The possible date of vaccine approval in the United States has become a hot topic. The president has intimated that a vaccine could become available before Election Day, November third. Local health departments around the country are supposed to have plans in place for distribution by November first.

However, that timeline doesn’t jibe with the amount of time needed for preliminary Phase III trial results. Yesterday, Pfizer, BioNTech, and seven other drug companies involved in COVID vaccine development signed a joint pledge to uphold their rigorous testing measure and not request authorization without the requisite data showing safety and efficacy.

I’m pleased that they made this commitment to the public. When vaccines do become available, it is vital that billions of people around the world receive them so that we can end the pandemic. If only a small fraction of the world’s population receive it, the pandemic will not end because there will still be a large pool of potential victims for the virus. Some of those victims will be people who were vaccinated, as no vaccine is 100% effective. The vaccine should lessen the severity in those people who do contract it, as we see with current flu vaccines. It’s important to remember, though, that part of the way vaccines work is by creating herd immunity so that a pathogen can’t create an outbreak. Vaccines offer a safer, less lethal path to herd immunity than just allowing vast swaths of the population to be infected.

I suppose it’s possible that a vaccine might receive emergency use authorization this fall so that it could be used by front-line medical workers and extremely vulnerable individuals before long-term safety and efficacy could be established, but widespread vaccination isn’t possible until next year, at the earliest.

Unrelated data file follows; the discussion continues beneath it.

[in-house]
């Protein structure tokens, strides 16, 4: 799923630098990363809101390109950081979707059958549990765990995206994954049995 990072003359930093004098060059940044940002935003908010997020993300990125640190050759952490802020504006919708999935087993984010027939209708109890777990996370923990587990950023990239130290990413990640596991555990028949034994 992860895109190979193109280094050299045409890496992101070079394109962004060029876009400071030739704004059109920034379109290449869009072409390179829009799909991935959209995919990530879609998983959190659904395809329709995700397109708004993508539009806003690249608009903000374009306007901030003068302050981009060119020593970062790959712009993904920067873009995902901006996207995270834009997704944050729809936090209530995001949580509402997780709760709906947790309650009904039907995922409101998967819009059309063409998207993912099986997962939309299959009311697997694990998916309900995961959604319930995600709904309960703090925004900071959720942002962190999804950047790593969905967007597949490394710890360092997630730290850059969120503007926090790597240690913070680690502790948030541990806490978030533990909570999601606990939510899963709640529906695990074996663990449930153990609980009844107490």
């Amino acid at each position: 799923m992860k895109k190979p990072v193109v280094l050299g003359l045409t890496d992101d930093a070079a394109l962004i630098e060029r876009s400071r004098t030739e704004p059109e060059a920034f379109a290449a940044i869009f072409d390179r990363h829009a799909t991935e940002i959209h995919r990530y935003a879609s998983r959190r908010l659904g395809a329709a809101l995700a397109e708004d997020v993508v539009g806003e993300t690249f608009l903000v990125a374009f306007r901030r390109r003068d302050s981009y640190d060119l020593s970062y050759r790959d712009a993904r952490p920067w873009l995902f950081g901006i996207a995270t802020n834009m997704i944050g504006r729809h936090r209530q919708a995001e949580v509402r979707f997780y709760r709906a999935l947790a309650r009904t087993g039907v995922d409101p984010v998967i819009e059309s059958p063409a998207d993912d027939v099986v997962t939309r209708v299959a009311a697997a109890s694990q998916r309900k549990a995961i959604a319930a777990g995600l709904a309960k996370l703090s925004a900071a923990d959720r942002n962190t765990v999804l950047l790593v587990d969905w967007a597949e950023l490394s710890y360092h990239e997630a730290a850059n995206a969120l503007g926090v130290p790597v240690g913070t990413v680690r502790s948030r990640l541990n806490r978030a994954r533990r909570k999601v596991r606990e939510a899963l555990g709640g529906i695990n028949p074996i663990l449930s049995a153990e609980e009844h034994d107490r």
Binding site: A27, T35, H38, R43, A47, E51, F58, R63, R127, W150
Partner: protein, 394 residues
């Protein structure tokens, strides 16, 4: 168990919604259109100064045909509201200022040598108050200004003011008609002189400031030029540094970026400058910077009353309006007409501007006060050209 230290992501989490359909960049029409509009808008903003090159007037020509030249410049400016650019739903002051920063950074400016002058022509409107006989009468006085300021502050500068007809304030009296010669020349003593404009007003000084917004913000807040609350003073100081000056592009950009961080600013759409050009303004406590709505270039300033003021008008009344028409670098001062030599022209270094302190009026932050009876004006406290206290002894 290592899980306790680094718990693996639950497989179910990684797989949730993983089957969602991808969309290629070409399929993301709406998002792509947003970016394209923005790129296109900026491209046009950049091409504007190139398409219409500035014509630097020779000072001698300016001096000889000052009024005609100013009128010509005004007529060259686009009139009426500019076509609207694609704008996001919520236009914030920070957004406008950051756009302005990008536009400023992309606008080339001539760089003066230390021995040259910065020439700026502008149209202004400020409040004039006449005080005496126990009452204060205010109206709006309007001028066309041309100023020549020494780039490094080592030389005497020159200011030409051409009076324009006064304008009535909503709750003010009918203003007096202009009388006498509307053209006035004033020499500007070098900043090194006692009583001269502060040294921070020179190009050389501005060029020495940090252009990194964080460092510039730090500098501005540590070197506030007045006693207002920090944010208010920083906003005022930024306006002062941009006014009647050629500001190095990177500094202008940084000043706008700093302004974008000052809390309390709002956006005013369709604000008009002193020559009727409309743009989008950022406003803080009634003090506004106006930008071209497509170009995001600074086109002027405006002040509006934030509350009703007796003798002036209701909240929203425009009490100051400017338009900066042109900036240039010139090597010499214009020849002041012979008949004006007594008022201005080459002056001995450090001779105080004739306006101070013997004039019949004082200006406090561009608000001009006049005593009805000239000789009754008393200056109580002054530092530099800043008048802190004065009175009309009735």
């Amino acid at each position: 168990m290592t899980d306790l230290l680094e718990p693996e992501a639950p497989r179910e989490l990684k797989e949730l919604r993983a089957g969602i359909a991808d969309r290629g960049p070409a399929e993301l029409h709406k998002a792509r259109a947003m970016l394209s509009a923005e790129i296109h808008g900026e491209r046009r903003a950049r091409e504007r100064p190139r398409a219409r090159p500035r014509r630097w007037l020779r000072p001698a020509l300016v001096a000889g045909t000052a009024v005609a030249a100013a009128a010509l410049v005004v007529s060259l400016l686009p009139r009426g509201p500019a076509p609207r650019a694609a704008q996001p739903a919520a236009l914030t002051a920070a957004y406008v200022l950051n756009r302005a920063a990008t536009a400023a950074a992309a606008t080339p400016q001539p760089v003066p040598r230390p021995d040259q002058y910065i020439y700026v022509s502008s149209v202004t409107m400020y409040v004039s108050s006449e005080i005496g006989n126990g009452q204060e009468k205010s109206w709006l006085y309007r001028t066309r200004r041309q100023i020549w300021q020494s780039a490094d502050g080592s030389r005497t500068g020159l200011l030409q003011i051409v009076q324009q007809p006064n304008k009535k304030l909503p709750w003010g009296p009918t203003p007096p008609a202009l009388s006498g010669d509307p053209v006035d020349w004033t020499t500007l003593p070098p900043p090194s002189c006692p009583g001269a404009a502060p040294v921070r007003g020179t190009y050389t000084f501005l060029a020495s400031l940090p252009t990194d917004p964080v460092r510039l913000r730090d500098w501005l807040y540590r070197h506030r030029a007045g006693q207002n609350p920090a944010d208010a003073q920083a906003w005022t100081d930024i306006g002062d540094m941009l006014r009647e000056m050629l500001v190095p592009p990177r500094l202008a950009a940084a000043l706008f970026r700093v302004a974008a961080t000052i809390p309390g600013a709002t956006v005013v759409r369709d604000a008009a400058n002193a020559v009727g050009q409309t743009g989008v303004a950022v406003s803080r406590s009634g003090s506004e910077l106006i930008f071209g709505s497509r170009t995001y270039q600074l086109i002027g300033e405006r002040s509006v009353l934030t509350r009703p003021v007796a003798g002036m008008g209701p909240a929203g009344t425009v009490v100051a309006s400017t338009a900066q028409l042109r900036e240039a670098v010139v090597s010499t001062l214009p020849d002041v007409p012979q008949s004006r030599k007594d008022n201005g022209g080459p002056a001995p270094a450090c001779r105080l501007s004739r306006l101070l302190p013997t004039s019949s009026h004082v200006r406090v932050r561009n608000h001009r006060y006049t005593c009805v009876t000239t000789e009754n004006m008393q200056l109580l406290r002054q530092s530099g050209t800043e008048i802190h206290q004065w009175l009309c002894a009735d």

The wisdom of moving forward scientifically and methodically was illustrated this week by AstraZeneca, which put their COVID vaccine trial on hold in order to investigate a possible adverse reaction. It may be that the reaction had another cause, but, until that can be determined, they don’t want to risk the health of their participants. Rushing the swine flu vaccine out to the public in 1976 caused enough serious complications that it had to be suspended after ten weeks; no one wants to repeat that experience with COVID.

Meanwhile, our family will keep doing our small part in advancing the science in hopes that COVID-19 can be brought under control, saving as many people as possible from illness, disability, and death.

COVID vaccine trial update

Last week, B, T, and I each had our initial visit for the Pfizer/BioNTech vaccine trial for COVID-19. There was a lengthy informed consent document, medical history and physical exam, COVID test, blood draw, and injection with either the trial vaccine or placebo. Two of us had some mild side effects and one of us did not, so we are surmising that one of us received the placebo, but the study is triple-blind (participant, care provider, investigator) so we don’t know for sure if that is the case.